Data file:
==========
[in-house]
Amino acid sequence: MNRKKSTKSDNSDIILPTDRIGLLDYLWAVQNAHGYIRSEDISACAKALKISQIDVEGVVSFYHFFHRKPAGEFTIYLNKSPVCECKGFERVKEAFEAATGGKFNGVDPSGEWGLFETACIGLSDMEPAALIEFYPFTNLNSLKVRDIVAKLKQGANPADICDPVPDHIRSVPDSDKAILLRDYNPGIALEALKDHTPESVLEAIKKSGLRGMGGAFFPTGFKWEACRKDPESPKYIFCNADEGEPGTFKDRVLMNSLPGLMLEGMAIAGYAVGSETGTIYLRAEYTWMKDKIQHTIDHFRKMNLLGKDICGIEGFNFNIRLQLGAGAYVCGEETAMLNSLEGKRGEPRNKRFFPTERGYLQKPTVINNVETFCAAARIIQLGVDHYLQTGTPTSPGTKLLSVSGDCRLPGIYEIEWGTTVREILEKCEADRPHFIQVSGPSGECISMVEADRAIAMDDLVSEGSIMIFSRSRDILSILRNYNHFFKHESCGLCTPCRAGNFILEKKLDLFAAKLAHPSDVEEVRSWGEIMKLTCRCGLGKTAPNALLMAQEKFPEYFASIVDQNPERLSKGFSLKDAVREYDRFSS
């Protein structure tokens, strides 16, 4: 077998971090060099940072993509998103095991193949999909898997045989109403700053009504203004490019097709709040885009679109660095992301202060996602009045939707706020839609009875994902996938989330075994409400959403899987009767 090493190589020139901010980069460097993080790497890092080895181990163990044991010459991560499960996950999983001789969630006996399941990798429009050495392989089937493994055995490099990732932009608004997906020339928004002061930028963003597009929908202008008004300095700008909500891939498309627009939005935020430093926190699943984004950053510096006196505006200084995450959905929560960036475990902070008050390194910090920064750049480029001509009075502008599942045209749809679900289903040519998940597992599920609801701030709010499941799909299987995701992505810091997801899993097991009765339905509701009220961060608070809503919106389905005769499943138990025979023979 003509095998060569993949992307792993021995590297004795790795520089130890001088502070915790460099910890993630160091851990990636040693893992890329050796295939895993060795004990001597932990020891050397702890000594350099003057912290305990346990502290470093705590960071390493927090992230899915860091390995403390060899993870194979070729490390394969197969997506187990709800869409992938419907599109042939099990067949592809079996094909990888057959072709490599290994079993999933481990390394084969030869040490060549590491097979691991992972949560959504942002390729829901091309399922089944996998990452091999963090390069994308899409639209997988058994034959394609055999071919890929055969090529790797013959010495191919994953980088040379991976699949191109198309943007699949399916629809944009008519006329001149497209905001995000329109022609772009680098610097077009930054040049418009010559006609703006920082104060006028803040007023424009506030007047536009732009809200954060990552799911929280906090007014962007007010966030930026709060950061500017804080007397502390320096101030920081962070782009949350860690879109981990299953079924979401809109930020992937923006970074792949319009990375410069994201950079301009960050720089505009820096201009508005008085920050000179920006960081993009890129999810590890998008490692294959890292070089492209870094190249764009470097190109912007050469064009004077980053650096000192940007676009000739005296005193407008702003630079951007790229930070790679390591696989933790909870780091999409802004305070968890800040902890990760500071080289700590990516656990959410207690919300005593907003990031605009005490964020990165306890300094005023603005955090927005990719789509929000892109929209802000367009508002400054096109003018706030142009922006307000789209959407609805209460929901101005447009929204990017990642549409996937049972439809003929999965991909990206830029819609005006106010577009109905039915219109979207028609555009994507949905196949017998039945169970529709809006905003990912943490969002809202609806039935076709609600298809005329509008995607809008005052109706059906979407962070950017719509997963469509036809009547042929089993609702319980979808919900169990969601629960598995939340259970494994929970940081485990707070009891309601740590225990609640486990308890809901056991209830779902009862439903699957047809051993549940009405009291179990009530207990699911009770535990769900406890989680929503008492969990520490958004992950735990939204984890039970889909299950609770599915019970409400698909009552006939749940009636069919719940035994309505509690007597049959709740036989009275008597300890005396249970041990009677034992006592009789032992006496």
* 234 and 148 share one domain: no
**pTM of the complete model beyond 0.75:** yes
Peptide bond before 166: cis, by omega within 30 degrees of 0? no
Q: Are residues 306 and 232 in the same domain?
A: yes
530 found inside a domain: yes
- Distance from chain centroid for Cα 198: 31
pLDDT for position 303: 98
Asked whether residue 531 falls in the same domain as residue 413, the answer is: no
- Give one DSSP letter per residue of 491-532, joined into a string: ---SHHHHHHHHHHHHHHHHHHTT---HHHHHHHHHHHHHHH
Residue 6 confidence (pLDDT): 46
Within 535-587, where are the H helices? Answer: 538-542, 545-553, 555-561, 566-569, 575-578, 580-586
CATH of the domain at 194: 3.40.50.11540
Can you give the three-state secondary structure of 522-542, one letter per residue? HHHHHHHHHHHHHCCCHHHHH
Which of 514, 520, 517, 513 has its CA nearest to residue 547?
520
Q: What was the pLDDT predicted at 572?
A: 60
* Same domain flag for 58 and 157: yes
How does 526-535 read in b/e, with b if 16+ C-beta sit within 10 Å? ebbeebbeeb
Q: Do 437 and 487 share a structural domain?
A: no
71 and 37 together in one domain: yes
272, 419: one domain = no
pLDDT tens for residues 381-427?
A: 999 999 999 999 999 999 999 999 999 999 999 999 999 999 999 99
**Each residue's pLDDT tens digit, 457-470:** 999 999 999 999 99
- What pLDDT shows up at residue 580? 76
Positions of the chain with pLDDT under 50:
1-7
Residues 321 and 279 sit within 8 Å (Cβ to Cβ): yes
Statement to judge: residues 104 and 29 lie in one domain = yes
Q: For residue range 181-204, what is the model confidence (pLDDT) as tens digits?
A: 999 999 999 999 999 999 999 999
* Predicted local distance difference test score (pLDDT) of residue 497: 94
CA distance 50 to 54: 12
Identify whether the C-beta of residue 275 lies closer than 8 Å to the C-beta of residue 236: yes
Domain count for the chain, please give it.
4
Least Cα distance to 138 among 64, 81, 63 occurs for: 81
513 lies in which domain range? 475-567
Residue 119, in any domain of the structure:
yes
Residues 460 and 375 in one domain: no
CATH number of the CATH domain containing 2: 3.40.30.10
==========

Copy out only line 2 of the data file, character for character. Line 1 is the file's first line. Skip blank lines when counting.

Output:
Amino acid sequence: MNRKKSTKSDNSDIILPTDRIGLLDYLWAVQNAHGYIRSEDISACAKALKISQIDVEGVVSFYHFFHRKPAGEFTIYLNKSPVCECKGFERVKEAFEAATGGKFNGVDPSGEWGLFETACIGLSDMEPAALIEFYPFTNLNSLKVRDIVAKLKQGANPADICDPVPDHIRSVPDSDKAILLRDYNPGIALEALKDHTPESVLEAIKKSGLRGMGGAFFPTGFKWEACRKDPESPKYIFCNADEGEPGTFKDRVLMNSLPGLMLEGMAIAGYAVGSETGTIYLRAEYTWMKDKIQHTIDHFRKMNLLGKDICGIEGFNFNIRLQLGAGAYVCGEETAMLNSLEGKRGEPRNKRFFPTERGYLQKPTVINNVETFCAAARIIQLGVDHYLQTGTPTSPGTKLLSVSGDCRLPGIYEIEWGTTVREILEKCEADRPHFIQVSGPSGECISMVEADRAIAMDDLVSEGSIMIFSRSRDILSILRNYNHFFKHESCGLCTPCRAGNFILEKKLDLFAAKLAHPSDVEEVRSWGEIMKLTCRCGLGKTAPNALLMAQEKFPEYFASIVDQNPERLSKGFSLKDAVREYDRFSS